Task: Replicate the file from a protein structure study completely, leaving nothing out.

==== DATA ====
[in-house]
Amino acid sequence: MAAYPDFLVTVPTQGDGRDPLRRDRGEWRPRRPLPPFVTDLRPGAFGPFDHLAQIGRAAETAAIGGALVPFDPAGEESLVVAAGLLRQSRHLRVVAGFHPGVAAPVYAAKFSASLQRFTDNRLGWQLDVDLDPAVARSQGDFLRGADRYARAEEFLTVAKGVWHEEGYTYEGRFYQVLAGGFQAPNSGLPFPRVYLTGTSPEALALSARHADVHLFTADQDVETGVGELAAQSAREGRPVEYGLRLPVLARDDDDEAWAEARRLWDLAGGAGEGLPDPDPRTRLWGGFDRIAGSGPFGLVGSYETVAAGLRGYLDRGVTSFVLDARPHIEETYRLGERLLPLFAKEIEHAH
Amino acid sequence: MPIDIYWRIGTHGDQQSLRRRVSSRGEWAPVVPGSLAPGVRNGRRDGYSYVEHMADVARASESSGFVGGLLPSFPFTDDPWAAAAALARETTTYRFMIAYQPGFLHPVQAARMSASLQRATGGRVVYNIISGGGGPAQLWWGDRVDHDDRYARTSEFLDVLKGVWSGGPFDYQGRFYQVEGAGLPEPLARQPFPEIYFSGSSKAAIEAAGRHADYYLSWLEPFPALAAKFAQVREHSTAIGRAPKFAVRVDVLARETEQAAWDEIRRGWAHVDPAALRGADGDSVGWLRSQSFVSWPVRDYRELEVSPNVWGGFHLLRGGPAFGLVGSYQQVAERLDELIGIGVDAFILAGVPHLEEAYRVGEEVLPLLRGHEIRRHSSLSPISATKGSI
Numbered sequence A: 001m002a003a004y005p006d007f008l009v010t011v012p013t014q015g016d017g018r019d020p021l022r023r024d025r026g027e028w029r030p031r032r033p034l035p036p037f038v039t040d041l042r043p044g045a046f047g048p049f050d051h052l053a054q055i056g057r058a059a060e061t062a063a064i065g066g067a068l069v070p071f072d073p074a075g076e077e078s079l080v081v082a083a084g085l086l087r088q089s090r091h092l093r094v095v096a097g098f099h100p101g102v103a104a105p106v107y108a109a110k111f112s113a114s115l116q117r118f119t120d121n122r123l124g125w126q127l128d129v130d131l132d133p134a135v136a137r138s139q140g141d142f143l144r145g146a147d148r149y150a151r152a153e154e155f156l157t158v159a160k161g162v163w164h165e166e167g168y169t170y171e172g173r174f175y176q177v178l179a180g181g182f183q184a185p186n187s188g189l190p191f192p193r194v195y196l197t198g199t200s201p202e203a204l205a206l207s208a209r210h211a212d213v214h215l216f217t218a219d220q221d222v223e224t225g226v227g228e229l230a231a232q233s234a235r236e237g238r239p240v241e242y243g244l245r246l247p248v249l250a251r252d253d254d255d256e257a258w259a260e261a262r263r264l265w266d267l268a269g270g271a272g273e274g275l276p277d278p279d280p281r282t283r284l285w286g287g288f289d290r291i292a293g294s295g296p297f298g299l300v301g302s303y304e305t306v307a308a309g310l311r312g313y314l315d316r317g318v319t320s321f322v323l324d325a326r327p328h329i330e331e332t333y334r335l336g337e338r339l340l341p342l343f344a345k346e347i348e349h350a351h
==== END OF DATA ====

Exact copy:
[in-house]
Amino acid sequence: MAAYPDFLVTVPTQGDGRDPLRRDRGEWRPRRPLPPFVTDLRPGAFGPFDHLAQIGRAAETAAIGGALVPFDPAGEESLVVAAGLLRQSRHLRVVAGFHPGVAAPVYAAKFSASLQRFTDNRLGWQLDVDLDPAVARSQGDFLRGADRYARAEEFLTVAKGVWHEEGYTYEGRFYQVLAGGFQAPNSGLPFPRVYLTGTSPEALALSARHADVHLFTADQDVETGVGELAAQSAREGRPVEYGLRLPVLARDDDDEAWAEARRLWDLAGGAGEGLPDPDPRTRLWGGFDRIAGSGPFGLVGSYETVAAGLRGYLDRGVTSFVLDARPHIEETYRLGERLLPLFAKEIEHAH
Amino acid sequence: MPIDIYWRIGTHGDQQSLRRRVSSRGEWAPVVPGSLAPGVRNGRRDGYSYVEHMADVARASESSGFVGGLLPSFPFTDDPWAAAAALARETTTYRFMIAYQPGFLHPVQAARMSASLQRATGGRVVYNIISGGGGPAQLWWGDRVDHDDRYARTSEFLDVLKGVWSGGPFDYQGRFYQVEGAGLPEPLARQPFPEIYFSGSSKAAIEAAGRHADYYLSWLEPFPALAAKFAQVREHSTAIGRAPKFAVRVDVLARETEQAAWDEIRRGWAHVDPAALRGADGDSVGWLRSQSFVSWPVRDYRELEVSPNVWGGFHLLRGGPAFGLVGSYQQVAERLDELIGIGVDAFILAGVPHLEEAYRVGEEVLPLLRGHEIRRHSSLSPISATKGSI
Numbered sequence A: 001m002a003a004y005p006d007f008l009v010t011v012p013t014q015g016d017g018r019d020p021l022r023r024d025r026g027e028w029r030p031r032r033p034l035p036p037f038v039t040d041l042r043p044g045a046f047g048p049f050d051h052l053a054q055i056g057r058a059a060e061t062a063a064i065g066g067a068l069v070p071f072d073p074a075g076e077e078s079l080v081v082a083a084g085l086l087r088q089s090r091h092l093r094v095v096a097g098f099h100p101g102v103a104a105p106v107y108a109a110k111f112s113a114s115l116q117r118f119t120d121n122r123l124g125w126q127l128d129v130d131l132d133p134a135v136a137r138s139q140g141d142f143l144r145g146a147d148r149y150a151r152a153e154e155f156l157t158v159a160k161g162v163w164h165e166e167g168y169t170y171e172g173r174f175y176q177v178l179a180g181g182f183q184a185p186n187s188g189l190p191f192p193r194v195y196l197t198g199t200s201p202e203a204l205a206l207s208a209r210h211a212d213v214h215l216f217t218a219d220q221d222v223e224t225g226v227g228e229l230a231a232q233s234a235r236e237g238r239p240v241e242y243g244l245r246l247p248v249l250a251r252d253d254d255d256e257a258w259a260e261a262r263r264l265w266d267l268a269g270g271a272g273e274g275l276p277d278p279d280p281r282t283r284l285w286g287g288f289d290r291i292a293g294s295g296p297f298g299l300v301g302s303y304e305t306v307a308a309g310l311r312g313y314l315d316r317g318v319t320s321f322v323l324d325a326r327p328h329i330e331e332t333y334r335l336g337e338r339l340l341p342l343f344a345k346e347i348e349h350a351h